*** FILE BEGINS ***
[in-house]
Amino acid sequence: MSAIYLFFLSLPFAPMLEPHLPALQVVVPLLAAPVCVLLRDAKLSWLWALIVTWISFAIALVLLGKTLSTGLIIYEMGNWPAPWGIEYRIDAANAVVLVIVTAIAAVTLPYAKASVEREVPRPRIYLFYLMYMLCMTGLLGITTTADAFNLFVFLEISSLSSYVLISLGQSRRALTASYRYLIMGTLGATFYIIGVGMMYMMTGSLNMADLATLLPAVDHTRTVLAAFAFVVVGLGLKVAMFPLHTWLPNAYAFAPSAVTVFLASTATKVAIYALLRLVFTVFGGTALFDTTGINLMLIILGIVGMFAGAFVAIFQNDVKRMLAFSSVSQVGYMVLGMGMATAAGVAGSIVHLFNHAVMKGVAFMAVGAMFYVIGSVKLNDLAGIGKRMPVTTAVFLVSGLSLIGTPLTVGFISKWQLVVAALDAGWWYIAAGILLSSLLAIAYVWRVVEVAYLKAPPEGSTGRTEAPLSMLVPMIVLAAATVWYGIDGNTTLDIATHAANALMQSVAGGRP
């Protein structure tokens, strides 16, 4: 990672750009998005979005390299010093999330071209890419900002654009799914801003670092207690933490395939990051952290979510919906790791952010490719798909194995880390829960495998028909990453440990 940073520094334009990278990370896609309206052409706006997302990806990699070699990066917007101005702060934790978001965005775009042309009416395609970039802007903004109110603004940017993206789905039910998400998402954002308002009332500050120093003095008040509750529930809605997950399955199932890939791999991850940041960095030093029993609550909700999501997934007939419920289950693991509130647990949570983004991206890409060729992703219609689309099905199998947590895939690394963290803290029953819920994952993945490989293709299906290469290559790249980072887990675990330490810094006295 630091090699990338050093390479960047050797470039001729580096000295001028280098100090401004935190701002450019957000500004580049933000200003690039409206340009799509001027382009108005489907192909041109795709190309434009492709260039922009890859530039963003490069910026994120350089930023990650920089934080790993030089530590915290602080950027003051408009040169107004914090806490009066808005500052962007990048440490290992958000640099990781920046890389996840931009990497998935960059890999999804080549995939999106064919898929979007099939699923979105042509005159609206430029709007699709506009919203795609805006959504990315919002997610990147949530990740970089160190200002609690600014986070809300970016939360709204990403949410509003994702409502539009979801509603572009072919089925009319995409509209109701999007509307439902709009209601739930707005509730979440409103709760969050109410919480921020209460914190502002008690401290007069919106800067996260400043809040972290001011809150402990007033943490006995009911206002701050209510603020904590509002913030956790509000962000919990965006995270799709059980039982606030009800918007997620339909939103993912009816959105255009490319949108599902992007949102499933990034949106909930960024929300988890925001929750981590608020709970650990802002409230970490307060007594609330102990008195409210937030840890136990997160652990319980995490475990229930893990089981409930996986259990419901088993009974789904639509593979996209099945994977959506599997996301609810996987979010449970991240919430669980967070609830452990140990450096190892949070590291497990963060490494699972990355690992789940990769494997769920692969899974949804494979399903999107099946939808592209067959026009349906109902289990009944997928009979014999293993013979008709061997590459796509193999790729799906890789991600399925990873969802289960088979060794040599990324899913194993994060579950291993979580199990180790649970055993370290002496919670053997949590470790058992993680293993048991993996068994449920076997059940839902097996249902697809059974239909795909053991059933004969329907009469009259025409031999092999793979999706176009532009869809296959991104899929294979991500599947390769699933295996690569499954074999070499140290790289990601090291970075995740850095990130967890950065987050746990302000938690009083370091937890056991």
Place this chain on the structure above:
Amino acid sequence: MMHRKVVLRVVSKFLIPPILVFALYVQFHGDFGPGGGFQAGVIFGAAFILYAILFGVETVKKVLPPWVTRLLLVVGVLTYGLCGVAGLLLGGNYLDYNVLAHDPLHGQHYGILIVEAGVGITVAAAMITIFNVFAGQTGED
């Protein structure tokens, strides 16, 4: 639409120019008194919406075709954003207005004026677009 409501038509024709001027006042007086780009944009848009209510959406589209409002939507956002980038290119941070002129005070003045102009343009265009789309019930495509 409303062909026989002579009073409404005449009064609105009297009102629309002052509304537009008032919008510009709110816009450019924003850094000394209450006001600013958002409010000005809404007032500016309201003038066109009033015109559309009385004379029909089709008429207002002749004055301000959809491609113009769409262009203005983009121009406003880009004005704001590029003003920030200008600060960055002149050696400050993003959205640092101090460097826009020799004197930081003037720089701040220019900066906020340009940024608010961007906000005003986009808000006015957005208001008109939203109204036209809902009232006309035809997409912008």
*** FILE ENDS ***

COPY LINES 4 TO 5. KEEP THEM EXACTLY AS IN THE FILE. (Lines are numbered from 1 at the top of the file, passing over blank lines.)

Place this chain on the structure above:
Amino acid sequence: MMHRKVVLRVVSKFLIPPILVFALYVQFHGDFGPGGGFQAGVIFGAAFILYAILFGVETVKKVLPPWVTRLLLVVGVLTYGLCGVAGLLLGGNYLDYNVLAHDPLHGQHYGILIVEAGVGITVAAAMITIFNVFAGQTGED